Theatre Reviews
Photo by Suzy Gorman courtesy of the Tennessee Williams Festival

By CB Adams

At the conclusion of “Suddenly Last Summer,” presented as part of the 8th Annual Tennessee Williams Festival St. Louis, I was reminded of something the novelist Vladimir Nabokov said about his writing approach. He said, “My characters are galley slaves.”

In most of his plays, Tennessee Williams seems to have shared that sentiment by forcing his main characters to undergo excruciating fates while speaking his exquisite, sparkling, deeply poetic dialogue. If that’s how you like your Tennessee Williams, then you will appreciate how Director Tim Ocel allows the unmistakable and quirky voice of Williams to shine forth throughout “Suddenly Last Summer’s” 90-minute single act.

Tony Kushner, another playwright, has said he appreciates the way Williams could deliver dialogue with the density of poetry. As haunting and beautiful as the words of Williams are, it’s the performance of them which brings them to life.

The filmed version of “Suddenly Last Summer,” co-written by Williams and Gore Vidal, improved the storyline of the original play. By comparison, this production  allows you to put your attention on the actors instead of the parboiled southern gothic storyline. That’s how and why this production excels.

Yes, the set design by James Wolk, the lighting design by Matthew McCarthy, the sound design by Philip Evans and the costume design by Dottie Marshal Englis are top notch, but it’s the actors’ abilities to deliver the words of Williams that make this production remarkable.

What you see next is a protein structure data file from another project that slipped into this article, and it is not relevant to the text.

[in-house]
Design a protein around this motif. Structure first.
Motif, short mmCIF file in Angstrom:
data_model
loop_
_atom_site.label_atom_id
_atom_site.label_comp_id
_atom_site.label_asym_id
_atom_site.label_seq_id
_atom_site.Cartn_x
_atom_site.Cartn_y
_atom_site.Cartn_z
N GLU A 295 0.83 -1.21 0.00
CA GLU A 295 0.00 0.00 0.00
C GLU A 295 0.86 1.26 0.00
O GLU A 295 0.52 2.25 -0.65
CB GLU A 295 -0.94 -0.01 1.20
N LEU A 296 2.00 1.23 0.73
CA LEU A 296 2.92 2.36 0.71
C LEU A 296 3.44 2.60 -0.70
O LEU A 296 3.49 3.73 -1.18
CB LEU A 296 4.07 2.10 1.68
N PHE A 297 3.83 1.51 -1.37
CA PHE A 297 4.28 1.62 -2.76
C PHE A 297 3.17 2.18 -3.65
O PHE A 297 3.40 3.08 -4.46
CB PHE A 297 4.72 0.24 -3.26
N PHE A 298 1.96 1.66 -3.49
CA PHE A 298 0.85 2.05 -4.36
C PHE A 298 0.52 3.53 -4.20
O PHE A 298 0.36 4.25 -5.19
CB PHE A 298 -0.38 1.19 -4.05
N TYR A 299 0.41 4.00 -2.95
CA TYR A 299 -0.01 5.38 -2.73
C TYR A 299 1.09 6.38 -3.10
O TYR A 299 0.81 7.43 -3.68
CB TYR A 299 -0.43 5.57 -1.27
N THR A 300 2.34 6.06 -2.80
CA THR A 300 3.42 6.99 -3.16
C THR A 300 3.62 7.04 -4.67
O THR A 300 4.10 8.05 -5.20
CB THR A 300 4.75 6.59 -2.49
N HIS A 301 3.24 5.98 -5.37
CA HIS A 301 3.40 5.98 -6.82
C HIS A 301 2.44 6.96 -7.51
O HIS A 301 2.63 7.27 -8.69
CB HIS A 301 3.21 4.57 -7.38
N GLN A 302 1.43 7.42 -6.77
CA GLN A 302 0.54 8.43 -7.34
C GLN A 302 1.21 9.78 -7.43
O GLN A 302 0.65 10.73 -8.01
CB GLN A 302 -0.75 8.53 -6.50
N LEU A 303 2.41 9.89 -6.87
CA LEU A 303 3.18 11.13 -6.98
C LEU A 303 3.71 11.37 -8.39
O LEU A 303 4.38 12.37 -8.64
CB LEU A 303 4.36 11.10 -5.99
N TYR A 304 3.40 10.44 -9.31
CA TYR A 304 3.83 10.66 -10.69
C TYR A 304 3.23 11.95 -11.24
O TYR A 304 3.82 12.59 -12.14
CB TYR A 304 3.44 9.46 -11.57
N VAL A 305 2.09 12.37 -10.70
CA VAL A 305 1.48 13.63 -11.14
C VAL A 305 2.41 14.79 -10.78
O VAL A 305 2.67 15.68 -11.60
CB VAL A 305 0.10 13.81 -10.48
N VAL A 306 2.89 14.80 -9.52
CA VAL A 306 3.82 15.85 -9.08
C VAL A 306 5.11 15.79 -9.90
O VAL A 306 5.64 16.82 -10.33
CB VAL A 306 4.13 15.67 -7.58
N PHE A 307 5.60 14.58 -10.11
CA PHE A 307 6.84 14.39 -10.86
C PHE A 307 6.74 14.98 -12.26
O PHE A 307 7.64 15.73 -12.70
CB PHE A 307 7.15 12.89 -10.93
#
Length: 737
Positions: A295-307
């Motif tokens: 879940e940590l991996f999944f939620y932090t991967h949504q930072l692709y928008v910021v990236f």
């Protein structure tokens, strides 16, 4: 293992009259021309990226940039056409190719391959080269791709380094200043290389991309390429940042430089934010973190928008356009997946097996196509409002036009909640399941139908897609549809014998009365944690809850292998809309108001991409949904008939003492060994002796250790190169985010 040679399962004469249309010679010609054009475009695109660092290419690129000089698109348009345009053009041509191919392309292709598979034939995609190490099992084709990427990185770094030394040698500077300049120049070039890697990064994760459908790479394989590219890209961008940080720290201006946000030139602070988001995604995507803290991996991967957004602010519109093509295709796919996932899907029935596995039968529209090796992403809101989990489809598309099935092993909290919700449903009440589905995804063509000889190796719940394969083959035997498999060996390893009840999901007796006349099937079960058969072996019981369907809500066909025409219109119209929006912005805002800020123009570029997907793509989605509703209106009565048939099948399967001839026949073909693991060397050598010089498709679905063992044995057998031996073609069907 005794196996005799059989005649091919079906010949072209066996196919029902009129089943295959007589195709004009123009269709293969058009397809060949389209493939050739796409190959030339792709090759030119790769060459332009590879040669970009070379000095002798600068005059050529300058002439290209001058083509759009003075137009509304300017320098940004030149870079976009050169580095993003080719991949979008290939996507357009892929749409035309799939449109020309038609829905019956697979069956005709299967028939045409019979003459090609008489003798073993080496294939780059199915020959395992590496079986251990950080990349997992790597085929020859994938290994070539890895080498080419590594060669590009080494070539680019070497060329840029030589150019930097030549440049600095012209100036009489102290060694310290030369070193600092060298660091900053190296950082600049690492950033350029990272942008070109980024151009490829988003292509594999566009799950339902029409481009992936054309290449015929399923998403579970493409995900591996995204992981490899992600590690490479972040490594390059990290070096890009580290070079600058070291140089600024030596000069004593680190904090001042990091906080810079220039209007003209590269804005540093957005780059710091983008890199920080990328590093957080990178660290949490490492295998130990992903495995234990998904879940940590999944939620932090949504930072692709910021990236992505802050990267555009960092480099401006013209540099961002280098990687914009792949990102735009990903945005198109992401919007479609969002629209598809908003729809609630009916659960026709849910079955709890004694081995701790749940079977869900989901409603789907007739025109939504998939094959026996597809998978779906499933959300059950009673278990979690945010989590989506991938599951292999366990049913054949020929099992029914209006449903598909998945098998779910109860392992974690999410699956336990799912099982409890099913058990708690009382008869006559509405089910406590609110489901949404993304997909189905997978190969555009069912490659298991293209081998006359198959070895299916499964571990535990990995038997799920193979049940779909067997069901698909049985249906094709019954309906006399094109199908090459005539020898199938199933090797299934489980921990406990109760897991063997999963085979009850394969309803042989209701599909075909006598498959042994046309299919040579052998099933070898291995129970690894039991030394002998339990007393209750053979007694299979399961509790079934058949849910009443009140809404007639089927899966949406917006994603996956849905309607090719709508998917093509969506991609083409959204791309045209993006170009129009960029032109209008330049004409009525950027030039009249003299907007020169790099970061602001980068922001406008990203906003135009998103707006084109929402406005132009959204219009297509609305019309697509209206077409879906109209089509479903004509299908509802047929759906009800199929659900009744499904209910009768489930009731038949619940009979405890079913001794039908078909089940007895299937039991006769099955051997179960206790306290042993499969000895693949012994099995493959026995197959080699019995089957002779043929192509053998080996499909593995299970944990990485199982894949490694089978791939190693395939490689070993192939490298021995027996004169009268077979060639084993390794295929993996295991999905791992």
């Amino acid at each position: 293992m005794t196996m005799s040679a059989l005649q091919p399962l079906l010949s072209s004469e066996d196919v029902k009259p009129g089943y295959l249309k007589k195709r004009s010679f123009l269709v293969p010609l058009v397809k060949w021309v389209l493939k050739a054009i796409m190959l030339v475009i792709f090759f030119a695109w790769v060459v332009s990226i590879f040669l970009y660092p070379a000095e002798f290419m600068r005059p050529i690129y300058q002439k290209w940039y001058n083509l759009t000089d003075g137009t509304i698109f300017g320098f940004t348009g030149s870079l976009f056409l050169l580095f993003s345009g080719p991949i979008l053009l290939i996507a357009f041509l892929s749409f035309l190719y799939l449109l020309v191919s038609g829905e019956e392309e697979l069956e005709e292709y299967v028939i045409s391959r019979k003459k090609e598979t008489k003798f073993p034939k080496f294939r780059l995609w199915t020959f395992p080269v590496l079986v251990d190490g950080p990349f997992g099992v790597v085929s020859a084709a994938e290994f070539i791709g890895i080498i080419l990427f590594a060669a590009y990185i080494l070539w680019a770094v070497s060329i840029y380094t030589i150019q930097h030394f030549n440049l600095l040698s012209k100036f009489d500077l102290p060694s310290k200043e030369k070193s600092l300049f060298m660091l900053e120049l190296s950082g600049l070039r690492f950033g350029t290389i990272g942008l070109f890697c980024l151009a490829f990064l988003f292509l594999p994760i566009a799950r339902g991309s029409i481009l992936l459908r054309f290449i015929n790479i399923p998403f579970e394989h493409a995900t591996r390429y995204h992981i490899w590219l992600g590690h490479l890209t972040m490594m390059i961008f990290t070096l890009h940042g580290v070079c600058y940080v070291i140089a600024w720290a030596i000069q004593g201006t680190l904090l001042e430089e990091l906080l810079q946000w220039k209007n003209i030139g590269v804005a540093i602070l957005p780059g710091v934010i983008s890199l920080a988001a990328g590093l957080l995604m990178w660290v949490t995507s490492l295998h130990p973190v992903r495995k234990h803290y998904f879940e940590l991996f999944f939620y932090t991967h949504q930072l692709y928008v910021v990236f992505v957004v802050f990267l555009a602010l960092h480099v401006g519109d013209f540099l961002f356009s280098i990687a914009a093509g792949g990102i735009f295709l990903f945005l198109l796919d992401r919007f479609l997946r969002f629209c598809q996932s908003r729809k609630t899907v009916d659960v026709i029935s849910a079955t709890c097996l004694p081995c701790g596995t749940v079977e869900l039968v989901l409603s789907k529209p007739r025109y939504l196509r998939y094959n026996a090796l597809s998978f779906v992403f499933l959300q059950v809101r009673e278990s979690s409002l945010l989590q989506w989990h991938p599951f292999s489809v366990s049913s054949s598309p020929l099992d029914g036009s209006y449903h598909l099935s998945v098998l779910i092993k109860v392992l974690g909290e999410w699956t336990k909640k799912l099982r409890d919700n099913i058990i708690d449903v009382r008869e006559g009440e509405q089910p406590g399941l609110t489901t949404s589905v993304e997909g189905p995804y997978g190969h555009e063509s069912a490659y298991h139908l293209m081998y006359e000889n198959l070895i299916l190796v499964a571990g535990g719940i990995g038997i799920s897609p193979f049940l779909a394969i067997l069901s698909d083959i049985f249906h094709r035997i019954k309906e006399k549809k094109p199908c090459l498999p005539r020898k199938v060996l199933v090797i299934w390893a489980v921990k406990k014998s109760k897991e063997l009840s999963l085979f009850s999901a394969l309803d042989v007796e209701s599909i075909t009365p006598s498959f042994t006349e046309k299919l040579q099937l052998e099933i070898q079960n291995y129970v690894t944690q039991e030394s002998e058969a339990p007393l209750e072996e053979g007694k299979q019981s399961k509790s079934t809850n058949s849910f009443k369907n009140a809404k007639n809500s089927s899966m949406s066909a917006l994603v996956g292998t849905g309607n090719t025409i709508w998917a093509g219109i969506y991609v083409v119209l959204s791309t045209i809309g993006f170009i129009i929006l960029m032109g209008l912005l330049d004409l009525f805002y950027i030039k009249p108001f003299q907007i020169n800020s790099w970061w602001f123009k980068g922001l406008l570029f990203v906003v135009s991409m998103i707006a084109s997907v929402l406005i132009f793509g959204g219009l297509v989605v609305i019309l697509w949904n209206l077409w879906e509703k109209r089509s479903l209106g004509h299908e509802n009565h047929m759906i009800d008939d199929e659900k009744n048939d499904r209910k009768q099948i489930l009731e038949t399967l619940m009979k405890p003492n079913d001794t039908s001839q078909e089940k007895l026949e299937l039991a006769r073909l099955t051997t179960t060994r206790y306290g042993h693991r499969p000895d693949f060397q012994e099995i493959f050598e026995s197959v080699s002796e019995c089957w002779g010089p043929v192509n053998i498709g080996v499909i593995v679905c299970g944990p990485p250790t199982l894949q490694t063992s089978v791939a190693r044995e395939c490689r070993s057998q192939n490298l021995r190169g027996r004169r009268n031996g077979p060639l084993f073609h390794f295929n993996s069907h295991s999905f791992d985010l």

Mrs. Venable is the first major character introduced, and Lisa Tejero plays her with a concentrated venom. Next up, is Bradley Tejeda who plays the nicknamed Dr. Sugar – in a white suit, no less. Through his carefully modulated performance, the audience experiences the unraveling of the play’s mysteries. The centerpiece of this performance is Naima Randolf’s wrenching portrayal of Catharine Holly. She almost steals the show. It's a rare actor who can be so deep into a moment that their nose runs.

The mission of the Tennessee Williams Festival St. Louis is to enrich our cultural landscape and celebrate his art and influence. With this production alone, that mission is accomplished.

“Suddenly Last Summer” continues at  COCA’s Catherine B. Berges Theatre in University City through September 17. For more information, visit the web site.  

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